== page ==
Book of Mormon

Rating: ★★★★
Venue: Prince of Wales Theatre, London
Cast: Oliver Jacobson, Dom Simpson, Aviva Tulley, Steven Webb, Richard Lloyd King, Gavin Alex and Edward Baruwa 

The Book of Mormon musical first opened on Broadway in 2011 before it made its London theatre debut in 2013. The plot of the laugh-out-loud musical follows two Mormon missionaries, Elder Price and Elder Cunningham, as they work to spread the word of the church of the Latter-Day Saints. Based in a small town in Uganda, the Mormon pair attempt to navigate a whole new landscape while working on a mission to convert the inhabitants to their religion — with hilarious results.

I'm making a conscious effort this year to see productions that are outside of my comfort zone - and Book of Mormon was at the top of my list of shows I wasn't sure if I'd enjoy. But, boy was I wrong! As it's from the same team behind South Park, I was expecting it to be outrageously inappropriate. It goes without saying that I wasn't wrong about that particular aspect.

The show begins and we're introduced to our main characters, Elder Price and Elder Cunningham. This unexpected duo have been paired together for their Mission as Mormons. And their first mission as companions is in...Uganda. While Elder Cunningham is ever optimistic, Elder Price is his polar opposite. While Price is deflated and disappointed, Cunningham is over enthusiastic and excitable.

Their Mission leads them to a village that doesn't quite see God in the highest regard (that may be the understatement of the year). And the pair have their work cut out for them. Especially when one of them falls in love with local girl, Nabulungi. Their Mission is truly bonkers and you're left wondering how the next scene is going to top the last; yet it somehow always seems to.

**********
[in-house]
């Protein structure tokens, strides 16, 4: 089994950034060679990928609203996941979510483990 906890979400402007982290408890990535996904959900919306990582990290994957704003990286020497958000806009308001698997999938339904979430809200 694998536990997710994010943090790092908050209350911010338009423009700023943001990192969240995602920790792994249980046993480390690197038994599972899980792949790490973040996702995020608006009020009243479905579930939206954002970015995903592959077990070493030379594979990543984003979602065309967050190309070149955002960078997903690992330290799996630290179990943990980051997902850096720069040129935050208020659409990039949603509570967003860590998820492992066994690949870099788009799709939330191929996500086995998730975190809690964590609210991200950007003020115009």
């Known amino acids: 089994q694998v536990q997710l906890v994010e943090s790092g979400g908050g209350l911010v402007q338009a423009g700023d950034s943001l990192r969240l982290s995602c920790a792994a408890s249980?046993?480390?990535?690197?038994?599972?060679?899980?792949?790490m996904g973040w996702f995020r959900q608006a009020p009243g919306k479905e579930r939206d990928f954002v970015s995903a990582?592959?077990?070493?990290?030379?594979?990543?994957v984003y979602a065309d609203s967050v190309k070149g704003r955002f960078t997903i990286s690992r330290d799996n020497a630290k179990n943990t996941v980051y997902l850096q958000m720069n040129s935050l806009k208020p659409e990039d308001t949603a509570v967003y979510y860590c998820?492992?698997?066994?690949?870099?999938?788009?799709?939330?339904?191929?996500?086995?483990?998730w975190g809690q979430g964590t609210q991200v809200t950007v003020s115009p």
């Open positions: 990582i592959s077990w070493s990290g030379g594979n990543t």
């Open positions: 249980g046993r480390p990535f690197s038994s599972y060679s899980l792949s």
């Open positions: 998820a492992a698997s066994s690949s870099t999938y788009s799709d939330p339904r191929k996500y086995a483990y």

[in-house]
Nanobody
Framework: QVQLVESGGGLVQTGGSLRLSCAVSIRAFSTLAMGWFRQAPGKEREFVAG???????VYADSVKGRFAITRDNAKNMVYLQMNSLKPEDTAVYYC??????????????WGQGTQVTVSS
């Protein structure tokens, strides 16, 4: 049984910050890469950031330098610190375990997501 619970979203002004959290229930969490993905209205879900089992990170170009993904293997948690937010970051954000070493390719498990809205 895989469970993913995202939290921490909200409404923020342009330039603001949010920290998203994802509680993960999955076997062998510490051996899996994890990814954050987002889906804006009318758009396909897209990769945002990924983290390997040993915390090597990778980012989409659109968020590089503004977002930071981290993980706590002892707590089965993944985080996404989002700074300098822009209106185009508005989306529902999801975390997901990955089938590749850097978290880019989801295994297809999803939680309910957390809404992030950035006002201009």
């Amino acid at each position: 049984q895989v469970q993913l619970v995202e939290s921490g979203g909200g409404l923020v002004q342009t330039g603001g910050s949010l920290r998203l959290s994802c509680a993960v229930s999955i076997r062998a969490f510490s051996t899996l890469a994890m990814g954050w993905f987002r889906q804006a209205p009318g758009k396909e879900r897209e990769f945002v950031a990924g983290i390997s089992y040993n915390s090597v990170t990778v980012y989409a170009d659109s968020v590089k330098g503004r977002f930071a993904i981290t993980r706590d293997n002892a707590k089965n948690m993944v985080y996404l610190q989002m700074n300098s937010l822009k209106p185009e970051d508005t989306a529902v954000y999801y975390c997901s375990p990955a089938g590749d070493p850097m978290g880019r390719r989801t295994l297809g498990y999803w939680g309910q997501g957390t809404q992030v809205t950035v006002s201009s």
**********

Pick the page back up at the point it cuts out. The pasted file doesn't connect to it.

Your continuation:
For me, Richard Lloyd King as Mafala Hatimbi and Aviva Tulley as Nabulungi were the stars of the show. King's comedic timing and character was nothing short of perfection. And Aviva's voice is absolutely breath-taking. Tulley's rendition of "Sal Tlay Ka Siti" was both hilarious and simply stunning. And King leading the version of "Hasa Diga Eebowai" was exceptional and one of my favourite musical theatre performances I've seen. 

Other songs worth mentioning are "Turn It Off", "Joseph Smith American Moses" and of course, "Spooky Mormon Hell Dream". The references to the likes of Dahmer and Hitler were both shocking but outrageously funny; especially paired with the over-the-top depiction of Hell. And a special mention to "Man Up", which is like a mini Tenacious D concert. Props to Jacobson who delivers this song exceptionally. 

As far as the staging goes, it wasn't something that left me feeling particularly awed, but I thought the depictions of Africa and Hell were very cleverly done, in comparison to the rest of the show.

As a show that's supposed to be about Mormons, I found the people of Uganda were the best part of the show; and I'm not sure I've ever laughed as hard as I did at the, "Joseph Smith American Moses" scene.

I went into the show expecting to be horrified by parts of the show, but that wasn't the case. It treads a very fine line throughout, and for me, it didn't overstep the mark. However, if you're easily offended, this may not be the show for you. Hitler receiving head from a Mormon isn't something I ever expected to see, but I digress

It's a lot of fun and it needs to be taken for what it is. A light-hearted musical comedy from a team of writers that love to push boundaries. Be prepared for a lot of laughs and a whole load of shocks! I would highly recommend a visit to this long-running West End musical.

Book tickets to see Book of Mormon at the Prince of Wales Theatre, here.

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